During an evaluation, the therapist determines whether a child would benefit from braces or orthoses to improve the gait pattern. This could be something simple, such as a shoe insert to improve alignment of the foot and decrease stresses on the hip, knee, and trunk. Or it might be more complex, such as a reciprocal gait orthosis that begins at a mid-trunk position and extends all the way down to the ankle, providing support to all of the joints and assisting the child in advancing each limb forward. Braces and orthoses also can be designed to provide support and stability to joints while a child is standing. For example, a child with Down syndrome who is very hypotonic and just learning how to stand and walk may benefit from solid ankle foot orthoses (AFOs) to provide support while standing. This bracing allows a child to improve his proximal strength and can be scaled back later to allow him to focus on improving his distal strength. Braces also can be designed to assist with joint movement. For example, an AFO can be used to support the ankle in a neutral alignment for a child experiencing foot drop during the swing phase of gait.

Another consideration in a pediatric gait evaluation is determining if an assistive device would enhance the child’s ability to walk. Appropriate devices could include a cane, crutches, walker, or even a traditional gait device such as a gait trainer. It is important to note that gait trainers, which may provide support for a child who is unable to hold herself up, can also facilitate an unnatural walking pattern. Using the information gathered from the gait analysis to determine the specific problems in a child’s gait pattern, it is possible to choose a gait trainer that compensates for deficiencies. For example, there are gait trainers available that allow for lateral pelvic movement and superior/inferior movement and also can be calibrated for anterior/posterior tilt trunk lean. Other devices allow for lateral weight shifting and can unweight the swing phase limb during gait. Care must be taken to recommend the appropriate device to address individual patient challenges.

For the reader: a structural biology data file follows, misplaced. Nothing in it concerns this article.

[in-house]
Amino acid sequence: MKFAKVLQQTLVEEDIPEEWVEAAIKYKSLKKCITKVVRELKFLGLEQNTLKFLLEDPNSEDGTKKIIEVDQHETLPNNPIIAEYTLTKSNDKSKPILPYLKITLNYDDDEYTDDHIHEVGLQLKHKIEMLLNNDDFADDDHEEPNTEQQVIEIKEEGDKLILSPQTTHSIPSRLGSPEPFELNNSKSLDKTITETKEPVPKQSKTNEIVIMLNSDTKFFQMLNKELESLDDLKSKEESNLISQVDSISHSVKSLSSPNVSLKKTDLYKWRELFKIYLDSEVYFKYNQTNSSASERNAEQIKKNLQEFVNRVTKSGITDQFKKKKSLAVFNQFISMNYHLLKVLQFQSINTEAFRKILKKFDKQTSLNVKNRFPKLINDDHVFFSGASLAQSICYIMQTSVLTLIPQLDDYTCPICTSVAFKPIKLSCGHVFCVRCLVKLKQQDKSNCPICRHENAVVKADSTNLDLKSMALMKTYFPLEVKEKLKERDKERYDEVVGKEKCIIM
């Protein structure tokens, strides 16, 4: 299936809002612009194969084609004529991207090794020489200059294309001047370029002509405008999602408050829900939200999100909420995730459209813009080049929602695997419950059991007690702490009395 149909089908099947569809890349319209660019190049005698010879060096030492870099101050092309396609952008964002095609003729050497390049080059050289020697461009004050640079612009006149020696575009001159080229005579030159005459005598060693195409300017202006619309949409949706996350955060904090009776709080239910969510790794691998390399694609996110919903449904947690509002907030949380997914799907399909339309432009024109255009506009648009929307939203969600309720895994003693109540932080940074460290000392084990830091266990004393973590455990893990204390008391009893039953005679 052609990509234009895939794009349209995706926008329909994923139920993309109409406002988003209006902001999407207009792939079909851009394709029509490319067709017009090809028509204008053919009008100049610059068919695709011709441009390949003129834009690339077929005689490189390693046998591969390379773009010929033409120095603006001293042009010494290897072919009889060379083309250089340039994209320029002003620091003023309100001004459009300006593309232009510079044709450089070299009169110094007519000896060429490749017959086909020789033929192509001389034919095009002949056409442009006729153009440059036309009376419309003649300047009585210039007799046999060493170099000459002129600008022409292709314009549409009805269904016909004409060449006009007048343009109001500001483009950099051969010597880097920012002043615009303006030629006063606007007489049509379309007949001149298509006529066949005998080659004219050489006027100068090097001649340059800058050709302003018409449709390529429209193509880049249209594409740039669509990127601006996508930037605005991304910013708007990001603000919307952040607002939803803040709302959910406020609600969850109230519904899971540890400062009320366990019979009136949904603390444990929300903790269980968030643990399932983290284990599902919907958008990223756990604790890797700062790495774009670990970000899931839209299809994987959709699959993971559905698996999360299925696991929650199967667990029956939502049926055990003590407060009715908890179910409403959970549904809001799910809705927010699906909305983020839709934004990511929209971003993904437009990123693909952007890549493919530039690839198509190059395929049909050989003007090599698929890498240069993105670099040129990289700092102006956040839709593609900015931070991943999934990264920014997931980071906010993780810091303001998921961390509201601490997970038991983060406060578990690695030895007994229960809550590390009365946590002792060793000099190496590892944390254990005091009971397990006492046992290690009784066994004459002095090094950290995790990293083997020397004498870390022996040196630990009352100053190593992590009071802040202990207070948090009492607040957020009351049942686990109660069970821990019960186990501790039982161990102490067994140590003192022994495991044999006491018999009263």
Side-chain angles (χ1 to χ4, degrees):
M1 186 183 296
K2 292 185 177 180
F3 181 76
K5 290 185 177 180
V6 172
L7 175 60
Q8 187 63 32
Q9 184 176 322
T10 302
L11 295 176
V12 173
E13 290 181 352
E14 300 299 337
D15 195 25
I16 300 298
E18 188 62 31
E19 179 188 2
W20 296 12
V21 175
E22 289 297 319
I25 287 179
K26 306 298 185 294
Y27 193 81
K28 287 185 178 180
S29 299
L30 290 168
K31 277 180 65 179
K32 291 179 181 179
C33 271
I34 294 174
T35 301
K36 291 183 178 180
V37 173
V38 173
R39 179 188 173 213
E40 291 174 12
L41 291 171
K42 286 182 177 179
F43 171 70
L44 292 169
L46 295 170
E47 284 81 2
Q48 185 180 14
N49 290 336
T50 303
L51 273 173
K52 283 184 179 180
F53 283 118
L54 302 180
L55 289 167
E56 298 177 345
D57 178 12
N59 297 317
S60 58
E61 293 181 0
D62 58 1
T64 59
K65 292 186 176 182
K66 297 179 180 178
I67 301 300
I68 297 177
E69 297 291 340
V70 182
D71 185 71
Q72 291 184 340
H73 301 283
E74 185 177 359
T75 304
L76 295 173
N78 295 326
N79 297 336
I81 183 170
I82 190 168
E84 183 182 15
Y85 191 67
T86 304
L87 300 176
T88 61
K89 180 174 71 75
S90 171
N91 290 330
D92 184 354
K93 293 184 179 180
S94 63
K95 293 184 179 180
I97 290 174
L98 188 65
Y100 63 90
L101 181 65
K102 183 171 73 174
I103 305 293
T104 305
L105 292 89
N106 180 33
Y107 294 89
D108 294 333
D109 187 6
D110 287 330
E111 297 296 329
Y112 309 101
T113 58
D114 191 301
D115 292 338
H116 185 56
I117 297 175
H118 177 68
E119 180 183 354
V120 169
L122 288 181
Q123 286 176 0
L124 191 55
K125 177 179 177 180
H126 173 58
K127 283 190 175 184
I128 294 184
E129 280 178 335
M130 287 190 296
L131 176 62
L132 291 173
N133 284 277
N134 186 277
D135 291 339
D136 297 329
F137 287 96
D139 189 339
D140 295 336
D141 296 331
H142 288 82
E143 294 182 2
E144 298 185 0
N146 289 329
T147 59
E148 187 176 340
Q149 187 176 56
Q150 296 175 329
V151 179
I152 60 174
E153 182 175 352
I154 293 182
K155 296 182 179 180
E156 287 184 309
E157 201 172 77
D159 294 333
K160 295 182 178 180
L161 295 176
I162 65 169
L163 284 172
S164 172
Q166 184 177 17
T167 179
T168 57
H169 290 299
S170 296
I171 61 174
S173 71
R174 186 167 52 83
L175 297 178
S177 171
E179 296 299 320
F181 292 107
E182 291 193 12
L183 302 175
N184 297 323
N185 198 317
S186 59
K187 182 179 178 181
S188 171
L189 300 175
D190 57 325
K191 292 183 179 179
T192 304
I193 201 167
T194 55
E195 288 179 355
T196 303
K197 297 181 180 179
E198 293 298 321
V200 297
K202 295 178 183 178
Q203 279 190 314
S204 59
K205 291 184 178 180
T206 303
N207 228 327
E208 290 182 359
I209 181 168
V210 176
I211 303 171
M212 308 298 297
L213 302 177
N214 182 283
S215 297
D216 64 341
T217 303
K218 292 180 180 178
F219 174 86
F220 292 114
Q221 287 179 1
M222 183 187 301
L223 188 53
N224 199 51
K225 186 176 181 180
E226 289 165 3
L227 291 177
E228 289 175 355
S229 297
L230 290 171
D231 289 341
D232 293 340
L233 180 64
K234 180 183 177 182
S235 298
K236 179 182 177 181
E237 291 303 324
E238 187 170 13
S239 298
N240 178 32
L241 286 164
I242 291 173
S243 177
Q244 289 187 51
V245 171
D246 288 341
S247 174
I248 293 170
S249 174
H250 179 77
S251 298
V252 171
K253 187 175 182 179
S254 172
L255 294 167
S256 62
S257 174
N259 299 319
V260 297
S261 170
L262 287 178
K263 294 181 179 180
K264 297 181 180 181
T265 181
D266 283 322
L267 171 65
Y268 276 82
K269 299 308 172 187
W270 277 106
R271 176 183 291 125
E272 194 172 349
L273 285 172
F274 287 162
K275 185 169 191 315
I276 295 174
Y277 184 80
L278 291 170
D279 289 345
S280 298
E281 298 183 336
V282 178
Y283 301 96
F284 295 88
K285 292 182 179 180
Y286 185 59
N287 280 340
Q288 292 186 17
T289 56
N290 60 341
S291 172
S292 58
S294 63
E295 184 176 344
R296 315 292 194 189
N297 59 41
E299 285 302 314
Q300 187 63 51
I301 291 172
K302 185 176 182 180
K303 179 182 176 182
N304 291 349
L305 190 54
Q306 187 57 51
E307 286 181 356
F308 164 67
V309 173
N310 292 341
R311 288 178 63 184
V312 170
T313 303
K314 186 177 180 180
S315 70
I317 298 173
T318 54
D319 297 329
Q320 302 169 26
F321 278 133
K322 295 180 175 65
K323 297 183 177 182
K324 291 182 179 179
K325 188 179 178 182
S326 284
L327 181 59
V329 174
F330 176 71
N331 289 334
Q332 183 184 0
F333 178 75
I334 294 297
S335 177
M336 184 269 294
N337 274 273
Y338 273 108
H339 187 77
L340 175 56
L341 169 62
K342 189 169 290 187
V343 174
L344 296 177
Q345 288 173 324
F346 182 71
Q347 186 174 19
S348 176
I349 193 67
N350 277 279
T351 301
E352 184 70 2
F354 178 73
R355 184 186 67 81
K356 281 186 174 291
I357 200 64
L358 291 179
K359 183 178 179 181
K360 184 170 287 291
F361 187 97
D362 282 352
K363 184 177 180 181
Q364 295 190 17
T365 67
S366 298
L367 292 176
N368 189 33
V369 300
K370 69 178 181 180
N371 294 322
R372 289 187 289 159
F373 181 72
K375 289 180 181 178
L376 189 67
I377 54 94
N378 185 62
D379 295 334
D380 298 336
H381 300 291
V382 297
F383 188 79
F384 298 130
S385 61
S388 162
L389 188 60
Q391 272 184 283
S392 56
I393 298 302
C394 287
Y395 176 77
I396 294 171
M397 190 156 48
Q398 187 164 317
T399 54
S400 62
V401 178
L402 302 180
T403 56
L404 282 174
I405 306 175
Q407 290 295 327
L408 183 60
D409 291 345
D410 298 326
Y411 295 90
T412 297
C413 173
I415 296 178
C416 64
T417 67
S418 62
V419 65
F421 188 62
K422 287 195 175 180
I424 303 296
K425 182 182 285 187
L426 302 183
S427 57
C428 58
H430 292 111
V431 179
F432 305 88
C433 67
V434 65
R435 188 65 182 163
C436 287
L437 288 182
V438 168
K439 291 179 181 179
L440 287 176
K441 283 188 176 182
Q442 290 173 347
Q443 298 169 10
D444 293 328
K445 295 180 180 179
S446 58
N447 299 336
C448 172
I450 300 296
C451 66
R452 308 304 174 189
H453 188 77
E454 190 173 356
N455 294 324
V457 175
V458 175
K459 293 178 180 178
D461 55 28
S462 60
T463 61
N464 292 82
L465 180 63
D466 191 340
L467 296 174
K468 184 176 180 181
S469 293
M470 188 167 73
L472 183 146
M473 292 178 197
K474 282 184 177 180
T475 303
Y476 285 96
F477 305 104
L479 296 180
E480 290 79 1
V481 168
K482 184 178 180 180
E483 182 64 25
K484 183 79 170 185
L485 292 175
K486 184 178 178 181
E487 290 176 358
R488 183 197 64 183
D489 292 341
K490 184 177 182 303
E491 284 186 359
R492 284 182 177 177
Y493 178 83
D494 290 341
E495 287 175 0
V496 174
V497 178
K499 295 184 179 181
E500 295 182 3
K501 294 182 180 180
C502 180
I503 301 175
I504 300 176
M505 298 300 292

At Good Shepherd, we also use a body weight support system that allows a child to practice typical walking patterns with partial weight support. The system uses an overhead suspension system and harness to support some of the child’s weight while the therapists help the child advance his limbs. Off-weighting can be accomplished via an adjustable gauge and facilitates upright posture. Using this system, a child can develop a typical pattern of walking without compensating before advancing to support his full weight.


Peter, a 5-year-old diagnosed with a brain tumor, benefited from assistive devices indicated during his evaluation. Peter’s tumor was resected, and he is receiving chemotherapy and radiation treatment. When he came to Good Shepherd for evaluation, he was in a manual wheelchair and needed moderate assistance for a sit-to-stand transfer. A preliminary range-of-motion assessment was significant for tightness in bilateral gastroc/solei and hamstrings. He also presented with weakness in bilateral hips, knees, and ankles, with grades between 3 and 3+ for all movements. He was not able to stand without upper extremity support during the evaluation and, even with the support, he presented with trunk sway and instability. He was able to take about 10 steps with support. His gait parameters were significant for foot flat initial contact bilaterally, short step lengths bilaterally, toe drag during swing phase, increased double limb stance phase bilaterally, and ataxic UE/LE/trunk movements. We ordered bilateral articulated AFOs to assist him with the stability phase of his gait and prevent toe drag during swing. We also introduced a posterior rolling walker to provide support and allow him to maintain an upright posture in standing. He is now able to walk up to 300 feet with these devices. He also has a heel first initial contact and increased single limb support time as well as longer step lengths.

Our goal with pediatric patients is to improve function that is appropriate for their age and developmental level. A thorough evaluation ensures that all factors affecting a child’s gait are addressed. Exciting advances in technology to assess and treat gait dysfunction help clinicians optimize results for pediatric patients.

Erin Sheeder, PT, DPT, PCS, provides pediatric mobility assessments at Good Shepherd Rehabilitation Network’s outpatient pediatrics program in Allentown, Pa. For more information, contact